Sam Kininger and Friends, The Blue Note, NYC- 7/10
Sam Kininger is just what the Blue Note wants. In October 2003, the venue initiated a late night new groove series with a pair of shows from Project Logic (now an extremely rare event). Since then, in the wee hours of every Friday and Saturday night the Blue Note hosts full two set gigs from the hottest young jazz leaning acts for a ten dollar cover. Robert Walter, Josh Roseman and a variety of collaborative acts, among others, have all shared in the series. Admittedly, the series is just another aspect of Blue Note's campaign to win back some street cred after losing most of the young jam super stars like Charlie Hunter, Karl Denson and Soulive, who signed to the label in the early days of the decade, and further ostracizing of more traditional fans by releasing works by Van Morrison and Norah Jones. Now they have a tee shirt line designed by Ropeadope, a flood of compilations including a funk collection and even nicer two disc chilled groove set, as well as Blue Note Revisited, a loungey remix disc released in direct response to the wild success of Verve's Remixed series. None of this is criticism really- I'm perfectly happy to have a label cater to my tastes- but it's worth understanding, if only superficially, the business end of things. Plus if there are true late night gigs and good gin and tonics involved, more power to em.
But Sam Kininger covers all Blue Note's bases, not just their groove. The fact is the venue is a tourist destination, generally with tourist trap prices. An artist like John Scofield will put on a lengthy set of grindingly crazed playing at Irving Plaza for twenty dollars, but at the Blue Note, a forty-five minute set of his more staid "real jazz" with Stewart and Swallow can easily run fifty dollars. Yet that is often what the tourist come to hear- not rockin' beats, but something in a decidedly jazzier vein. And Sam can certainly deliver serious jazz. While his reputation was formed with Soulive and Lettuce, his solo work includes bold covers of Coltrane and Billy Cobham pushed up alongside the funk. When his band, as it did on Saturday night, includes young lions like James Hurt and Adam Deitch, the music is all but guaranteed to be engaging and innovative on all fronts.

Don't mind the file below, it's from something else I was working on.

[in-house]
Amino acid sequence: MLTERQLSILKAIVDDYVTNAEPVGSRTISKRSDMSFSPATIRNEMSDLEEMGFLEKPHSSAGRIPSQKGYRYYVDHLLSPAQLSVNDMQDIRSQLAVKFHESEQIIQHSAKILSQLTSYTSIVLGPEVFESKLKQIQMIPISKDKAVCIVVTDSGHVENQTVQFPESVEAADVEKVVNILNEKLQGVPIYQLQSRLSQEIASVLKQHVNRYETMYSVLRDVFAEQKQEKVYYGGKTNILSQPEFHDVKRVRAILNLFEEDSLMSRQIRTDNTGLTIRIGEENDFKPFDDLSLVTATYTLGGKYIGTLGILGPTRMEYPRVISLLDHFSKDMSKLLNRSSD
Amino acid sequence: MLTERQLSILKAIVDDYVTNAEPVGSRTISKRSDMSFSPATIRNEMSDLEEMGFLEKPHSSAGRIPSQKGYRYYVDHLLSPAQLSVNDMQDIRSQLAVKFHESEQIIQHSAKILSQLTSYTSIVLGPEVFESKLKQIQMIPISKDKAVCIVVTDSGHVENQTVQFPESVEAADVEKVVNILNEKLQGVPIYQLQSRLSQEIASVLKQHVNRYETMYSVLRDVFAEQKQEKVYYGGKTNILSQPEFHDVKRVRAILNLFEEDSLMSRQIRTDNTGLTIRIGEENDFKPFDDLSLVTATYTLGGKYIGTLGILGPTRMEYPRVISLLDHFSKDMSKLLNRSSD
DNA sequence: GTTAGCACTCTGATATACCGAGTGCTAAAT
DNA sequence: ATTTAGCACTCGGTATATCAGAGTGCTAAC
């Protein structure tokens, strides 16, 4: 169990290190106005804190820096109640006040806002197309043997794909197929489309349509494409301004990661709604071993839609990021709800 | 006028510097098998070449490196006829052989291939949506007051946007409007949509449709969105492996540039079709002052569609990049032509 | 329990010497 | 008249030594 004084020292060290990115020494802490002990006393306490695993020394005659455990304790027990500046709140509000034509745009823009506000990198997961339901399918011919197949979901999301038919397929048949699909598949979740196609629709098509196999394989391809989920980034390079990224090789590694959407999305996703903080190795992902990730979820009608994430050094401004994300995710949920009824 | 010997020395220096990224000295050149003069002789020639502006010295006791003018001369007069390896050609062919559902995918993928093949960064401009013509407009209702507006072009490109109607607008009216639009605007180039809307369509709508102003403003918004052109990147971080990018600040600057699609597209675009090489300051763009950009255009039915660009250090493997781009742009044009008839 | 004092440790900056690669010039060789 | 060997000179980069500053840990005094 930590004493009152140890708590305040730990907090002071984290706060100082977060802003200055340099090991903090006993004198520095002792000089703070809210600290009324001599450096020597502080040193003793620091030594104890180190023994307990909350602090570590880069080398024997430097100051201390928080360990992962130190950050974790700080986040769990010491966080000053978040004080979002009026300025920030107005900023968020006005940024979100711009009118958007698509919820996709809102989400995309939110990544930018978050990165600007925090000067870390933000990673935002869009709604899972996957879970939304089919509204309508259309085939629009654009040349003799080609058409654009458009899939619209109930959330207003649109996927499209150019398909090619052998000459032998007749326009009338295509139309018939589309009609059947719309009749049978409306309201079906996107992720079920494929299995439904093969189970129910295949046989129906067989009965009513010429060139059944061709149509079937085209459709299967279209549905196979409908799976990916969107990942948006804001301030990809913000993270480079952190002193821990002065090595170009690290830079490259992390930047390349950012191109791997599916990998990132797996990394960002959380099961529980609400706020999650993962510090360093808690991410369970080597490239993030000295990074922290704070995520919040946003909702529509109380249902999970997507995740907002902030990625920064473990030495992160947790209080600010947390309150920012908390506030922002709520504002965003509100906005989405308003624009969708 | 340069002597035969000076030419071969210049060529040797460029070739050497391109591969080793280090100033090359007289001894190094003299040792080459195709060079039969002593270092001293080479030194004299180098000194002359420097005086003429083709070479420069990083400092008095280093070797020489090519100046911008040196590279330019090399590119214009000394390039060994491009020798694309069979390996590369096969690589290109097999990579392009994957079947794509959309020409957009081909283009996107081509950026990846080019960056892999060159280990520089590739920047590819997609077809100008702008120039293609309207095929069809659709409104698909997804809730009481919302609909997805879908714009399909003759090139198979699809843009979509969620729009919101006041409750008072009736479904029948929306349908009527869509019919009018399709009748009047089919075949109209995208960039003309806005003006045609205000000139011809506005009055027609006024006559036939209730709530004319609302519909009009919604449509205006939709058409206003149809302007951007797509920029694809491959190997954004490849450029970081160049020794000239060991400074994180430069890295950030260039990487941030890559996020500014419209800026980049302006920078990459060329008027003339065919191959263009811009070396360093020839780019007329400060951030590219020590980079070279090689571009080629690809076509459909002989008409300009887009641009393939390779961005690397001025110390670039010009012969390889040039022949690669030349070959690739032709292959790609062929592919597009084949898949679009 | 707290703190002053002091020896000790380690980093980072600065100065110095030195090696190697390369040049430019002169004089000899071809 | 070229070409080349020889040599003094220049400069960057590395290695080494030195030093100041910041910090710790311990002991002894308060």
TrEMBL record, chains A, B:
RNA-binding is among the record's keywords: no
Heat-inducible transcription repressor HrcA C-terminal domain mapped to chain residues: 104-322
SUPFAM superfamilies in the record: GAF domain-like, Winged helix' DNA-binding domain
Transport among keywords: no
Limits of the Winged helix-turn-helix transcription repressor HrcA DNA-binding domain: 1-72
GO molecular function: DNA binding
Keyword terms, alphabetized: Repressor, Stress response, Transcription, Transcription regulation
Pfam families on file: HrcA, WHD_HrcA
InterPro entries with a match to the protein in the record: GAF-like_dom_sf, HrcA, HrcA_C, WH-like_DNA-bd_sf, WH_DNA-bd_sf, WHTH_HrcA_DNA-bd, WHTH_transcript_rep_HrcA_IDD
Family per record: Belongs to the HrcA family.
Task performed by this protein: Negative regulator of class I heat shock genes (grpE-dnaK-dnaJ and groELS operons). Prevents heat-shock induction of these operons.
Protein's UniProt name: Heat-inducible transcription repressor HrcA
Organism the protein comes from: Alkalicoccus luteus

Sometime before one in the morning the group, which also included Lettuce band mate Adam Smirnoff and, during the second set, Ryan Zoidis, began its lush, weighty performance. There were certainly some breathtaking solos, especially from Hurt, whose faze warped keys screamed through PA near the end of the opening number so that he literally jumped away from his instrument at the end; but it was the deft interactions of the musicians that was most impressive: the circular movements of Deitch and Hurt as they chased each other around an idea, or the oscillating rhythm/lead matrix where Sam and Smirnoff meet.
Each tune was somewhere in the fifteen minute range- only four songs in the first set- giving the ensemble ample time to explore the back chambers of songs and cultivate their nuances. There was a certain degree of majesty to the performance, tempered only by the playfulness of friends gathered to groove. Grins, smiles and shouts decorated the stage and music during games of catch the rabbit. Knowing glances marked the boundaries of the long, low open places, the smooth zones that spread across the room like real, slow sex.
Sam has been working the solo scene for a couple of years now and I've watched his band(s) move from what was very nearly free bop to funk to heady jazz to slick groove, and around and back again- never has one show been like another, except that each one was better than the last.